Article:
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Why It's scary to run in the dark

Ben Shelton

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So It gets dark before 5 O'Clock nowadays. I state this not becuase I think you, the reader, are incable of interpreting a clock ( I assume you are because you are literate enogh to read ) but because this fact has some bearing on the phyisics of running. When I foolishly decided put off starting my training run untill four fifteen, I found myself in the middle of the woods forty minuites later with the sun sinking below the horizon and three miles of trails left to navigate. Phyisicly speaking, A couple things happened to me at that point. First, the subconience fear kicks in, the effect of too many horror movies, that I will be eaten by cyotes or kiddnaped or murdered by some deranged phycopath. This produces the aldrenaline rush, which sends me flying throgh the woods at an abnormal speed. Because every shadow is a potential lurking threat to my scared brain, I fail to look at the ground, and I forget newton's third law. Applied here, that means that when sneaker toe applies force to an unseen root, this root will push back and cause a runner to accelrate downward in a parabolic arc toward the ground, because his momentum will be stopped suddenly and unexpectedly. Thankfully, I cauhgt myself and managed to keep my fear under controll for the rest of the trip back. But a runner will stay in motion at a constant speed unless acted upon by the completion of his goal, and I ran, abiet carefully, all the way home. Moral of the story: always bring a flashlight.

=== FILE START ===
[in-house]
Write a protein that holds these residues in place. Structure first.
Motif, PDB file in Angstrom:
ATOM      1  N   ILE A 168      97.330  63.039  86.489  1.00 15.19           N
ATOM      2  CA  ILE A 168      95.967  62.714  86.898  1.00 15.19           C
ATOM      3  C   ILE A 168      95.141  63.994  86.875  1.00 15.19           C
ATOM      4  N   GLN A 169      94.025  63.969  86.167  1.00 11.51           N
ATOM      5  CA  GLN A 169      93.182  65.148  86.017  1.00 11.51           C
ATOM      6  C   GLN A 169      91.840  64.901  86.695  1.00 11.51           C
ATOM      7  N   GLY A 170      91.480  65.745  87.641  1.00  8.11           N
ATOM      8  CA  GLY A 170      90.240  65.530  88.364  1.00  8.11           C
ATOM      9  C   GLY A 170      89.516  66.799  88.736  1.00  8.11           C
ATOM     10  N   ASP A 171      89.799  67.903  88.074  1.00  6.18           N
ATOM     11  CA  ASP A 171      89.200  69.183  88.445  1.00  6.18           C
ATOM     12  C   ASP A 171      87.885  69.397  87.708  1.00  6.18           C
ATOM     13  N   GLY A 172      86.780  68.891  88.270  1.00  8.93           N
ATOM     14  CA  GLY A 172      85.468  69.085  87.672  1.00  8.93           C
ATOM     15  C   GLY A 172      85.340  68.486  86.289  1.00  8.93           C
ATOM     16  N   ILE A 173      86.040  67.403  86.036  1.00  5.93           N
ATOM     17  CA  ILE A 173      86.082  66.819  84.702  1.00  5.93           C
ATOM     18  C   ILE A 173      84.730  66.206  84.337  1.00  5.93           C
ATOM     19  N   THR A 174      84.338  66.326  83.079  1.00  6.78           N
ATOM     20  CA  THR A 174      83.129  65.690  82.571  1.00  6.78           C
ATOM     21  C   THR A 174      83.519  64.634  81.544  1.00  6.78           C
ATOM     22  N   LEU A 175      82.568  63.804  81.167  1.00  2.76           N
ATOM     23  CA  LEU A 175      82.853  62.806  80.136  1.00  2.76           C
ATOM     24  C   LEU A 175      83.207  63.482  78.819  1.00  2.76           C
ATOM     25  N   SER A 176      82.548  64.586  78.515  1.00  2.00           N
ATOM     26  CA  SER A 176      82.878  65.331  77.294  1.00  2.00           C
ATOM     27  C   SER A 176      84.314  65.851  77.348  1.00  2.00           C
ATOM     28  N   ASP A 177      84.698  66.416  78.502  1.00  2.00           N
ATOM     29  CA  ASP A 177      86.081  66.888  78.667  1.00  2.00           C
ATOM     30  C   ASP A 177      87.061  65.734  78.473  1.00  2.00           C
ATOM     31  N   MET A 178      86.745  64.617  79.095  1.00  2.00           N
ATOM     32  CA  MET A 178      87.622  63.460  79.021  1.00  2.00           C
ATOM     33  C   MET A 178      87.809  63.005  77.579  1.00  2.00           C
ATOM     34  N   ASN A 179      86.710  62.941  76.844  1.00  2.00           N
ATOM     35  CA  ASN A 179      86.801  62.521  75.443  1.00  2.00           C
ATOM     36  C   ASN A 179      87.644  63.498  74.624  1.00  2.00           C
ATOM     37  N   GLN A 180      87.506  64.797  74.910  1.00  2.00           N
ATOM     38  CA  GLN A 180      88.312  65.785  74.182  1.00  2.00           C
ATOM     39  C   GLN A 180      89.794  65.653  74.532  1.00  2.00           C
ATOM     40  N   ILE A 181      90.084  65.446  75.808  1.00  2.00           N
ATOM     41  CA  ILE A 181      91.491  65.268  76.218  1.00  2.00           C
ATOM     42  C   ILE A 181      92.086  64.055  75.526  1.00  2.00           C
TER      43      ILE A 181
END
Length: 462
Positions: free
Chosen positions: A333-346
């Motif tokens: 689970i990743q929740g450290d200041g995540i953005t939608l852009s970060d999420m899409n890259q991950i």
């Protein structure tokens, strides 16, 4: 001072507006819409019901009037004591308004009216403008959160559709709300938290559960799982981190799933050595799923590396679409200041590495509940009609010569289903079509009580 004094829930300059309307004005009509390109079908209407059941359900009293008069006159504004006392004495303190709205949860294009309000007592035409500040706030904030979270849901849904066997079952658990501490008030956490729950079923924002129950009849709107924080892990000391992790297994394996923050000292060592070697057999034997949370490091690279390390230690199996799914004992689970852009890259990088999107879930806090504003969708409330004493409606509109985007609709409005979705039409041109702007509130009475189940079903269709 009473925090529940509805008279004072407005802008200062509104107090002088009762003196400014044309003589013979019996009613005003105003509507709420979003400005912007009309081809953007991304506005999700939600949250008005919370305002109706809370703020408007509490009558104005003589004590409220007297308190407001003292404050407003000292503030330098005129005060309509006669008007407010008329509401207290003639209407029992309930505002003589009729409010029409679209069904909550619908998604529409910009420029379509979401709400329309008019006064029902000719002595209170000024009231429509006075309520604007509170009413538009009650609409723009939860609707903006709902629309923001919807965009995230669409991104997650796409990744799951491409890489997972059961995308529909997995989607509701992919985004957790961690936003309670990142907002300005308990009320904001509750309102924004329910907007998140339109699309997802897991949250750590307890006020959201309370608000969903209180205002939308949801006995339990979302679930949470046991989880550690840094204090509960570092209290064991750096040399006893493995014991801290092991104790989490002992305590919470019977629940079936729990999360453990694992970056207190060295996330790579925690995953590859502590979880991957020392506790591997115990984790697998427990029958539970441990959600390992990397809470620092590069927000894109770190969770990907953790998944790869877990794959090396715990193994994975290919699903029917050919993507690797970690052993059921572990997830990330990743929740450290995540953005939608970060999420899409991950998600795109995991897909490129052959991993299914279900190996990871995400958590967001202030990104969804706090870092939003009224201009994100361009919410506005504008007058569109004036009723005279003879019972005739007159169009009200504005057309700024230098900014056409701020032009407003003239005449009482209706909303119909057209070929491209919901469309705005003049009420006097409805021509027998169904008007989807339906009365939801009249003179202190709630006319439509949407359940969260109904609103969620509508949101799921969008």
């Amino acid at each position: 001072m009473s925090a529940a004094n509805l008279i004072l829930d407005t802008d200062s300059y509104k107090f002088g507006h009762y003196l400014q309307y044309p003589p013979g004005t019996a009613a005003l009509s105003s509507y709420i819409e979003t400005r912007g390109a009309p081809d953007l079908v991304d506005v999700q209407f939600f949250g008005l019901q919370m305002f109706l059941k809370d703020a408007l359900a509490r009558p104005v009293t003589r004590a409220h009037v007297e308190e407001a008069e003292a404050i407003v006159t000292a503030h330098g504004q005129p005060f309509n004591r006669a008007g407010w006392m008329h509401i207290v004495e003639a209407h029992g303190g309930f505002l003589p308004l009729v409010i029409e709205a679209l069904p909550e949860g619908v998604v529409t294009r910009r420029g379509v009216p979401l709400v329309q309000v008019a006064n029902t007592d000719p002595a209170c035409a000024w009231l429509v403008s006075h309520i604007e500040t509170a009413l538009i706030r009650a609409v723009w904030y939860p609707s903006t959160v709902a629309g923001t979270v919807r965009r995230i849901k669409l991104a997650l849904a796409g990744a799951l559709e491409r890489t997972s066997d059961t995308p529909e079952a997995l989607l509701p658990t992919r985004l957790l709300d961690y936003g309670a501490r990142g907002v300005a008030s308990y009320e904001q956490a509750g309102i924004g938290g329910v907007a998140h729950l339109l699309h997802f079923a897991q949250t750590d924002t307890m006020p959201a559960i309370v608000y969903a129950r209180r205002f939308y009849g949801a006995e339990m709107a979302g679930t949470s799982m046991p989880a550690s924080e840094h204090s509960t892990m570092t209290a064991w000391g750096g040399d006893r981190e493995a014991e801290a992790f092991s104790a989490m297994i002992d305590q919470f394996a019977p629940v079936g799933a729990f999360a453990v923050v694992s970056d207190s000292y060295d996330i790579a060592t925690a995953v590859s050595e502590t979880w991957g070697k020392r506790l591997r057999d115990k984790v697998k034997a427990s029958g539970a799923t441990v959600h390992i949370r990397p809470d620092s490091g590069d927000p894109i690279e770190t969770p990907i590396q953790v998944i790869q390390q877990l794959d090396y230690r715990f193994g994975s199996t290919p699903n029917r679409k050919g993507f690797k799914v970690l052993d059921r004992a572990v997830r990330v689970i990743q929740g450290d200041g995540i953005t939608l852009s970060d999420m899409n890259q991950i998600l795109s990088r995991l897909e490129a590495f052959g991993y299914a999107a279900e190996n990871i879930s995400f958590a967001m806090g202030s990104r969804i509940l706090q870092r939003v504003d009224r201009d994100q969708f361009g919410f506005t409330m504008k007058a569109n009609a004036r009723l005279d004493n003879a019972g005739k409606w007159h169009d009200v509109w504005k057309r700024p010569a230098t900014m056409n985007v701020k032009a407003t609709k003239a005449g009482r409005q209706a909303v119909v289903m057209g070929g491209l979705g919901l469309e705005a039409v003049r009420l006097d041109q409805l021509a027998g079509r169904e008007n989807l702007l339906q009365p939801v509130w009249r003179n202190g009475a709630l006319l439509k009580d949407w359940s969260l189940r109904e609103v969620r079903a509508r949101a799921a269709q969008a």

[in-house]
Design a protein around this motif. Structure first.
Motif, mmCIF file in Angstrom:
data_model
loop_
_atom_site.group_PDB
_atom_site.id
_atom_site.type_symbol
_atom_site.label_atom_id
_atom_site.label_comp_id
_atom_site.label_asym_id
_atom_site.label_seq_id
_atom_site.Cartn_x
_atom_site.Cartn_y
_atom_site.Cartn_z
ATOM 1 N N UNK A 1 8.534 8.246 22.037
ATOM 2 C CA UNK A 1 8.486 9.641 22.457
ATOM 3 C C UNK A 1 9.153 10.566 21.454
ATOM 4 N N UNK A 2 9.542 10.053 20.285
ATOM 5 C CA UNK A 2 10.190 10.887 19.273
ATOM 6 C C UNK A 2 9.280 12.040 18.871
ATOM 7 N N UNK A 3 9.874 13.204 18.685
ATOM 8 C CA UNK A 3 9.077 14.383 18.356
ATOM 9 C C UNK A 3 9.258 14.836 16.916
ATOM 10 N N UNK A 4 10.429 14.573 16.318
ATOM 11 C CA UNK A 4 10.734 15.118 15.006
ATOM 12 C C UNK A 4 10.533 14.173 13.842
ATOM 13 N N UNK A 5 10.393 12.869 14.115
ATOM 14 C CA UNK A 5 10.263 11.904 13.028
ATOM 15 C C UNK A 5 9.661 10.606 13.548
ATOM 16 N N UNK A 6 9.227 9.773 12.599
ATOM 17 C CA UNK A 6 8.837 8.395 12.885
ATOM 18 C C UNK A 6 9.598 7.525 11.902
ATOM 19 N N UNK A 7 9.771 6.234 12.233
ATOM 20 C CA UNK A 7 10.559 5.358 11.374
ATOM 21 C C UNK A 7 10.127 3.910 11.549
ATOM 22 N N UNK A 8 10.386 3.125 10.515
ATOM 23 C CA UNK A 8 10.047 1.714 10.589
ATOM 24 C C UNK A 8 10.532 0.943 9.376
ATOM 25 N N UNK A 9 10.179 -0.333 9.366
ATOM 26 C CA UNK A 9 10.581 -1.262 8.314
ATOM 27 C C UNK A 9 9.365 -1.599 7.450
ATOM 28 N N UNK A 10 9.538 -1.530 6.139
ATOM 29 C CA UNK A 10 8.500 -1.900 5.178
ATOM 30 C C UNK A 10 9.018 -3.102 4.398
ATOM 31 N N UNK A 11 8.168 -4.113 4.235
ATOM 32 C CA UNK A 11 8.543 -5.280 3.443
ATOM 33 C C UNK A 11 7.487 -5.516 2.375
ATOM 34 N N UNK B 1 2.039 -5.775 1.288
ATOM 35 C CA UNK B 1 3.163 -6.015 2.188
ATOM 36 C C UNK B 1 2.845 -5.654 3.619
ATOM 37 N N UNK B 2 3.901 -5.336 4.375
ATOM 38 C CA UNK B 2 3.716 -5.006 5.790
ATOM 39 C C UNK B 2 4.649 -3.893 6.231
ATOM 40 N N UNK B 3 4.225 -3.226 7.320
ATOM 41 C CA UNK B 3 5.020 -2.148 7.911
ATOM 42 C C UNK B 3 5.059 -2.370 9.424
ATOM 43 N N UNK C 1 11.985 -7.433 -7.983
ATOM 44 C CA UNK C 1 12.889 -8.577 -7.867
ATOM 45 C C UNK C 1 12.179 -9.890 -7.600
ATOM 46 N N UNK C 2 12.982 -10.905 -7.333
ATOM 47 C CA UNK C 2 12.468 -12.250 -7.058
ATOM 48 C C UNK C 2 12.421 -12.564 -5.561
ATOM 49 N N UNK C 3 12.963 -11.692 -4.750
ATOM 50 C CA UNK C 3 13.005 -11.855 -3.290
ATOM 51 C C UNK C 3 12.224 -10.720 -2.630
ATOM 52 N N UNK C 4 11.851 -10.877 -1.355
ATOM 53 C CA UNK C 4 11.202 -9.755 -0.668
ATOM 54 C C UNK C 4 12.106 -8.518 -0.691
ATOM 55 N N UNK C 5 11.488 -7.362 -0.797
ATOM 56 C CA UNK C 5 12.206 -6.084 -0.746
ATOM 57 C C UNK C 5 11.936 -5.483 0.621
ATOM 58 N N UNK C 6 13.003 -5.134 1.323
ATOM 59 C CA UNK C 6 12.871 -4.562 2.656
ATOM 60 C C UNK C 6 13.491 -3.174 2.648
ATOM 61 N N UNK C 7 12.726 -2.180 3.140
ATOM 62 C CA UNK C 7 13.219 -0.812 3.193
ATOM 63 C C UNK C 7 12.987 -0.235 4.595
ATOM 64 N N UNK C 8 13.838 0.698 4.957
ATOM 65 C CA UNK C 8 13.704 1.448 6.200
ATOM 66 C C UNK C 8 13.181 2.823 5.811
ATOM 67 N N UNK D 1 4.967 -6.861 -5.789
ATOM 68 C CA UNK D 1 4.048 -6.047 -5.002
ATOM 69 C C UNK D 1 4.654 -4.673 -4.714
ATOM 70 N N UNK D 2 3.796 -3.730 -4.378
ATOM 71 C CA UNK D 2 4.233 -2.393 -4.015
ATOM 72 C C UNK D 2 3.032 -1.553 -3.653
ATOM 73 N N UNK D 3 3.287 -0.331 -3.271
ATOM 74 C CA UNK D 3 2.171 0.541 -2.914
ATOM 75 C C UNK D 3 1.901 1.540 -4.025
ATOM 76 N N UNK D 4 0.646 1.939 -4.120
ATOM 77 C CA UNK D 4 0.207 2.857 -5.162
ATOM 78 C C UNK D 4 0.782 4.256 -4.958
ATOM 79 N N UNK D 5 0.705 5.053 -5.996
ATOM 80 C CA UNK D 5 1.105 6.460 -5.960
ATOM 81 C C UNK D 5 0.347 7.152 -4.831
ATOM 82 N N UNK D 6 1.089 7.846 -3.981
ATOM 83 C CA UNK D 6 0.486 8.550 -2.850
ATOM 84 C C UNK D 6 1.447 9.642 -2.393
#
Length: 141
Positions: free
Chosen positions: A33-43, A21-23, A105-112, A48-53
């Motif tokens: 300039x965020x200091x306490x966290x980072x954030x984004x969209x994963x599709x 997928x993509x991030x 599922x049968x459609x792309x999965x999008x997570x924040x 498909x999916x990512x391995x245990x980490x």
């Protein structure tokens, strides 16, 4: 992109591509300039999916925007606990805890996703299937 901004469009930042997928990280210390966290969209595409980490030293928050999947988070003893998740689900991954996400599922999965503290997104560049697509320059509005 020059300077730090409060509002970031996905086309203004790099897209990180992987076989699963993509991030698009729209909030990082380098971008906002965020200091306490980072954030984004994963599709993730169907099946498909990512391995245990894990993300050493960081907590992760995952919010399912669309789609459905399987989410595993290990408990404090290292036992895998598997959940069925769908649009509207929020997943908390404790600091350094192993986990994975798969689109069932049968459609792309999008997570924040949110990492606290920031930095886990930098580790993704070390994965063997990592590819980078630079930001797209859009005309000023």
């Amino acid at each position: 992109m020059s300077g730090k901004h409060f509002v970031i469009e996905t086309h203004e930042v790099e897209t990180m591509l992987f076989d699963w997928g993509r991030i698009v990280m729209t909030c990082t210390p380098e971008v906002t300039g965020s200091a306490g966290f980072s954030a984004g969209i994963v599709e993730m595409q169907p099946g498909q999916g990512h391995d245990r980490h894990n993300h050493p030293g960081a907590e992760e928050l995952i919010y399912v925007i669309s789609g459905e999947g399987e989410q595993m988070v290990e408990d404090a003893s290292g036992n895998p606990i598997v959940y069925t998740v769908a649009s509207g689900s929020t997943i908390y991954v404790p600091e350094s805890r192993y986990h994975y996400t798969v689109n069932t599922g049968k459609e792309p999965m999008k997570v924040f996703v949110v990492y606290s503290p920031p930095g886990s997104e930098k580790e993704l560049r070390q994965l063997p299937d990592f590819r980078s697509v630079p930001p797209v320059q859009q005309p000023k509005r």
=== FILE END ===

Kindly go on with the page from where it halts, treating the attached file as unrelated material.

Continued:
P.S. don't judge me on the spelling my laptop does not have a right click and I have no way to spell check that I know of. You know you all rely on it as much as I do:)

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